Of course, when people realise that you do indeed have a disease, there are only two evident reactions. Either they seem quite sure that it’s terminal and want strictly nothing to do with you should your demise impact negatively upon them, or they decide to help you make the most of the short time you have left.
And it’s the second band of people that are the important ones. Feel free to seek them out even if you don’t have a disease because they will be with you through thick and thin, they don’t weigh you down with all their own shit, and they accept you as being you.
They’re real friends but, and there’s a massive BUT. You can only find them when you’re really quite comfortable with yourself and the choices you’re making.
The Benefits of Delusional Optimism
My delusional optimism set in twelve years ago and it has changed everything. From the world’s shittest graphic designer to a man who adventures for a living, lives on a boat and accidentally started a happy cult.
I was never very good at taking instructions so it figures that school and working for someone else were never going to sit well. I zoomed from University to an office desk and ended each day with the lack of satisfaction that only comes from offering no value to the world or the people who are paying you.
After realising my cat had a much better life than me I decided to sort things out and started by saying yes more. This led to the trying of new skills, the willingness to give anything a go and ultimately a much greater understanding of what I enjoyed and what I didn’t, which I think is the best possible blueprint for making decisions. Simple.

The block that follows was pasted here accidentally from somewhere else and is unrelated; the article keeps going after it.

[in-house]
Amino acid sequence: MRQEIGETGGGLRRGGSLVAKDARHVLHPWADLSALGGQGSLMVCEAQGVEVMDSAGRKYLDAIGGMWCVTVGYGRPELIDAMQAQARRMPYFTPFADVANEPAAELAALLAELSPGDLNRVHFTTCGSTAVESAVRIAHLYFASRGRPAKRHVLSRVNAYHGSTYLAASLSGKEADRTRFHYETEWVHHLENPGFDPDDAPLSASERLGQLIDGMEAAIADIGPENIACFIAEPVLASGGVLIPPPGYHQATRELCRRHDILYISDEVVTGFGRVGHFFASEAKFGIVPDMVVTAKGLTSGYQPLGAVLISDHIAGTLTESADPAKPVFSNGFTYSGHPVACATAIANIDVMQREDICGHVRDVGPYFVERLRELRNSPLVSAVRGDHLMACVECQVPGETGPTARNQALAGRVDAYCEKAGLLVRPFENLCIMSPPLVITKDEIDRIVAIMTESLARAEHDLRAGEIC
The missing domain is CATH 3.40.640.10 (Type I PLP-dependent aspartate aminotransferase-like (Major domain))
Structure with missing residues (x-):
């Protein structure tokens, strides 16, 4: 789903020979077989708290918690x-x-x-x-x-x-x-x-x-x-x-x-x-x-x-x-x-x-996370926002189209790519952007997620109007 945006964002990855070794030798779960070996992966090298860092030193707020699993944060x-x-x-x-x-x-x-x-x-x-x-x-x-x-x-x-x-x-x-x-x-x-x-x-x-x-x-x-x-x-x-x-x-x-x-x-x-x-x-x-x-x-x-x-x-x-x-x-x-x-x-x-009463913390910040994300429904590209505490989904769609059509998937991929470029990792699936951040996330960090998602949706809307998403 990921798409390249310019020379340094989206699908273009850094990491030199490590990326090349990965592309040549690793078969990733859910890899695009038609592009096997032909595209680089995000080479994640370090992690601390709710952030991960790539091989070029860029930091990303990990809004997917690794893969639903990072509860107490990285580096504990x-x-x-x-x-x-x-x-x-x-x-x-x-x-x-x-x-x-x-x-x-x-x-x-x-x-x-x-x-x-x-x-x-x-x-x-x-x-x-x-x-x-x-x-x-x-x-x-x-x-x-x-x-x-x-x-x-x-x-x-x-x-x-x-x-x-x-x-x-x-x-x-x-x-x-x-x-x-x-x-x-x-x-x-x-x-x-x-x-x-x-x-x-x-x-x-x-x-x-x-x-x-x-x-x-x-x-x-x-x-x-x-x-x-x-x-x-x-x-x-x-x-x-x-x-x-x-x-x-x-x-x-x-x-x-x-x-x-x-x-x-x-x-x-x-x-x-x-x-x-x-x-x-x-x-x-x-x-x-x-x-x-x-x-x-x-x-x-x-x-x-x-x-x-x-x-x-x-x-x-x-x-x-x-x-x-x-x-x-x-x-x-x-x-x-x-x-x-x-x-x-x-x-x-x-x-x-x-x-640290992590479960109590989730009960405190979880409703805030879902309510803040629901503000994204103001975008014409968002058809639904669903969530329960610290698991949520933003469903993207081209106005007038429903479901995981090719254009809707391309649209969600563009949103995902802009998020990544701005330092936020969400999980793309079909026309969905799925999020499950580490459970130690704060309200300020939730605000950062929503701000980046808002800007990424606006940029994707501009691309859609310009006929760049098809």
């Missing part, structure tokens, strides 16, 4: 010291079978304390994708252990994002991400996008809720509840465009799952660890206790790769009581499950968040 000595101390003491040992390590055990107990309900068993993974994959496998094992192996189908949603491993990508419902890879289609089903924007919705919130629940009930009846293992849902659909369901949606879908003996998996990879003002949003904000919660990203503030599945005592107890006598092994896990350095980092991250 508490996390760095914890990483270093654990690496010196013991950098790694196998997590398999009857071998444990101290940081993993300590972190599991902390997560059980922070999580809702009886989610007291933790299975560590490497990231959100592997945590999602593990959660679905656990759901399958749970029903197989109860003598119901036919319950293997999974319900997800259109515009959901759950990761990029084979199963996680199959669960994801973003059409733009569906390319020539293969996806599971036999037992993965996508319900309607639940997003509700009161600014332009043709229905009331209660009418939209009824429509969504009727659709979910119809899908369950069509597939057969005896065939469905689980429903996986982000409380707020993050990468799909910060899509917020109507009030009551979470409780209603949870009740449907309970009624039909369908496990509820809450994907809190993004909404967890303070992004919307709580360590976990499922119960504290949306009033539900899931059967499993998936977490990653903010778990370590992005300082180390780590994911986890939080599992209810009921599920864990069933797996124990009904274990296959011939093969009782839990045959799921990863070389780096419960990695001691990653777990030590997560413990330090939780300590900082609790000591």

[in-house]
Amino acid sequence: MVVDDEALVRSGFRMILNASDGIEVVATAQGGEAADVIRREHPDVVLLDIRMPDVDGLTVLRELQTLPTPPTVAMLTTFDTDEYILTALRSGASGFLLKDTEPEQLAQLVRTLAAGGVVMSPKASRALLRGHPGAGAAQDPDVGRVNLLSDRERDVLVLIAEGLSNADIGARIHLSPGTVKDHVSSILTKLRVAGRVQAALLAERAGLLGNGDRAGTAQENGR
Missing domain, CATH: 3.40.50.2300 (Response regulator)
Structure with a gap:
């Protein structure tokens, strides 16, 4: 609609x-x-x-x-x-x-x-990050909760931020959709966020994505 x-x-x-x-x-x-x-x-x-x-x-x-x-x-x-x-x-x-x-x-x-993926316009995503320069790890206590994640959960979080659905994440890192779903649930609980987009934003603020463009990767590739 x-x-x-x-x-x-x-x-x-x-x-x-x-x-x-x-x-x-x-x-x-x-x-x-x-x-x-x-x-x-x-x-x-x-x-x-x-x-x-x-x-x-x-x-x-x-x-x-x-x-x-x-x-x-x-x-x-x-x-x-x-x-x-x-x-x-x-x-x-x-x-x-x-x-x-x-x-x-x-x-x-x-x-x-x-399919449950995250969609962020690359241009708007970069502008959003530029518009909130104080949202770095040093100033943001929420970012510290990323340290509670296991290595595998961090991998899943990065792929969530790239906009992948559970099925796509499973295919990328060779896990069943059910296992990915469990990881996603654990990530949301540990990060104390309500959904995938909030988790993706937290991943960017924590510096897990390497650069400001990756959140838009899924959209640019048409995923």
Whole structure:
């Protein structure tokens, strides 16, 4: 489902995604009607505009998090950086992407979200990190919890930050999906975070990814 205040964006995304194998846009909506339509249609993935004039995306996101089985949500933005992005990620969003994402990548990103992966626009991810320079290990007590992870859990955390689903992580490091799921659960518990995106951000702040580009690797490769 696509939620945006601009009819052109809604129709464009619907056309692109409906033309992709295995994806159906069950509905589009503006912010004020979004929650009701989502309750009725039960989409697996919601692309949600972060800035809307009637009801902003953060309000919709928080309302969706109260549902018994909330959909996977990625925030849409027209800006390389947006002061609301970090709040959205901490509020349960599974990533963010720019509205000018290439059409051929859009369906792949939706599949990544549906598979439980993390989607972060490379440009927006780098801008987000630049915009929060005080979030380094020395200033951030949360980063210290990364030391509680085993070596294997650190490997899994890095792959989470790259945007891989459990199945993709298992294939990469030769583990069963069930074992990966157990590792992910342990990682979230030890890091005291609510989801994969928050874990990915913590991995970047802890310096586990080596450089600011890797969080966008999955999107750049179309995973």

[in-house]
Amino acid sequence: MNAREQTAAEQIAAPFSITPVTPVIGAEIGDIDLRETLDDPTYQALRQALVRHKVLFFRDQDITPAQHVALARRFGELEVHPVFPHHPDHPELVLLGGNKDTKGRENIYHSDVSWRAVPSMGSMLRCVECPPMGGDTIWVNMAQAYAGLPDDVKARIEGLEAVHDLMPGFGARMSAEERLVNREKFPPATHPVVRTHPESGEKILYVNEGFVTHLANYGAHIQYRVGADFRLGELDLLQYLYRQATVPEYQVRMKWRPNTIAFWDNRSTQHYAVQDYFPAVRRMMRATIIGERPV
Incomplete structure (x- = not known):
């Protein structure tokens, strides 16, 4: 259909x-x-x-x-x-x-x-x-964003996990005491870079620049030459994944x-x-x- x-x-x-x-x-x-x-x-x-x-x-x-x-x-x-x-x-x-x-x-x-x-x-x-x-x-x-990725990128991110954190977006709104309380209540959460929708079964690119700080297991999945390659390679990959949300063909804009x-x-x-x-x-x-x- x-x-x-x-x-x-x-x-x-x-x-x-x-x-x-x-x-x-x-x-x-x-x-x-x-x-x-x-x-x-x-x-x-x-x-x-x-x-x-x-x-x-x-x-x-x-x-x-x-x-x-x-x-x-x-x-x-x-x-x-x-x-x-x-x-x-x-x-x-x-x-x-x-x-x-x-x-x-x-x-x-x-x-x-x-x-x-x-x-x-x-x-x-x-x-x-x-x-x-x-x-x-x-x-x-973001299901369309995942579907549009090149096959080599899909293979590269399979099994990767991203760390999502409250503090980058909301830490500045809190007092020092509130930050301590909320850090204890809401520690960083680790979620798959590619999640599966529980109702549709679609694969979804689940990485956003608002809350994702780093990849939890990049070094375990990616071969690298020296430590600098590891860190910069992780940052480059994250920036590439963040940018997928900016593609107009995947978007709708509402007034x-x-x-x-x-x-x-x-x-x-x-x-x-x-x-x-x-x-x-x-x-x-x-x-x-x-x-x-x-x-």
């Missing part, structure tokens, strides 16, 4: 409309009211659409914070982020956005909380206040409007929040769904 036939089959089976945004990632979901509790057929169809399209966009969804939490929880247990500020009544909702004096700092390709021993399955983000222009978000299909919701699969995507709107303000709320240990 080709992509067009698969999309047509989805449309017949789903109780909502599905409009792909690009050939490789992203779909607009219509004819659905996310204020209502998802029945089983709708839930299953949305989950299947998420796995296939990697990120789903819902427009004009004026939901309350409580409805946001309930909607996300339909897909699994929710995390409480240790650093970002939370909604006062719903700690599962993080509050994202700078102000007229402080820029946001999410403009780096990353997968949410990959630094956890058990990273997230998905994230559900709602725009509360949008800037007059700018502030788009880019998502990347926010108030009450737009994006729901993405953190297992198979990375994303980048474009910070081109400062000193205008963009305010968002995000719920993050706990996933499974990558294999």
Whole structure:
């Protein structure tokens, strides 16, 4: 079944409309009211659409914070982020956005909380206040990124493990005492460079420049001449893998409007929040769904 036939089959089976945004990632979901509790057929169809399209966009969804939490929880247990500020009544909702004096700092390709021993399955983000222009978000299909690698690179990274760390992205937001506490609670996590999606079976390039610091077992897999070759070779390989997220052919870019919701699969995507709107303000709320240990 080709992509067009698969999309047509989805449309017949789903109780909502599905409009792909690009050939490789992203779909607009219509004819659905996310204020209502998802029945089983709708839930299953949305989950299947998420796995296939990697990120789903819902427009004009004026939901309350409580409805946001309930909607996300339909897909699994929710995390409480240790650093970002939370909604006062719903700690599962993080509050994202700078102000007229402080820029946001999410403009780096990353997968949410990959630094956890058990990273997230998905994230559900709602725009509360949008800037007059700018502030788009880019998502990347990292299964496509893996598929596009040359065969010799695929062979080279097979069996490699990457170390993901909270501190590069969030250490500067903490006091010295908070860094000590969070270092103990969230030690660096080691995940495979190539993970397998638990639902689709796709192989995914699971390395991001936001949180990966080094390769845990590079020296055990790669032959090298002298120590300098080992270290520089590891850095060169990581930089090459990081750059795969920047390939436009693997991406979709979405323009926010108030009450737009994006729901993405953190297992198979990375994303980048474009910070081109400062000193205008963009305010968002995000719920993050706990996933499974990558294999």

An uncontrolled plummet down a snowy hillside on a snowboard led to an uncontrolled plummet down a tarmac road on a long skateboard and two weeks later Delusional Optimism set in and I quit my job to cross Australia on said board.
It changed everything.
The delicious morphing nature of embarking on a self-propelled, slow journey was a lovely reminder that I didn’t need anything more than a tent and a bit of food and water to stay alive, and that the added focus and mission of getting somewhere new in a weird way offered a feeling of identity.
In that period of my life I finally felt that I was waking up for something. I was skateboarding from Perth to Brisbane on a board named Elsa and it gave me an ice-breaker.
The simple pleasures of settling down at the end of the day with muscles-a-glow and the satisfaction of achievement.
The simplicity of waking each morning, eating something and walking to the roadside with my board under arm, with the only main question being, how far do I go today.
And the delightful realisation that as long as you have the time and the will, this glorious existence doesn’t have to end.
Afterwards, a couple of world records in my pocket and an enormous right calf as a party trick, I was totally lost in the chasm beyond Brisbane, which for so long had been my focus. Delusional Optimism is very handy when you’re suffering from depression, because as much as I felt like lying in bed all day I was nudged by the reminder that I’d just had the time of my life and all it took was to carry on moving.
“After realising my cat had a much better life than me I decided to sort things out and started by saying yes more.”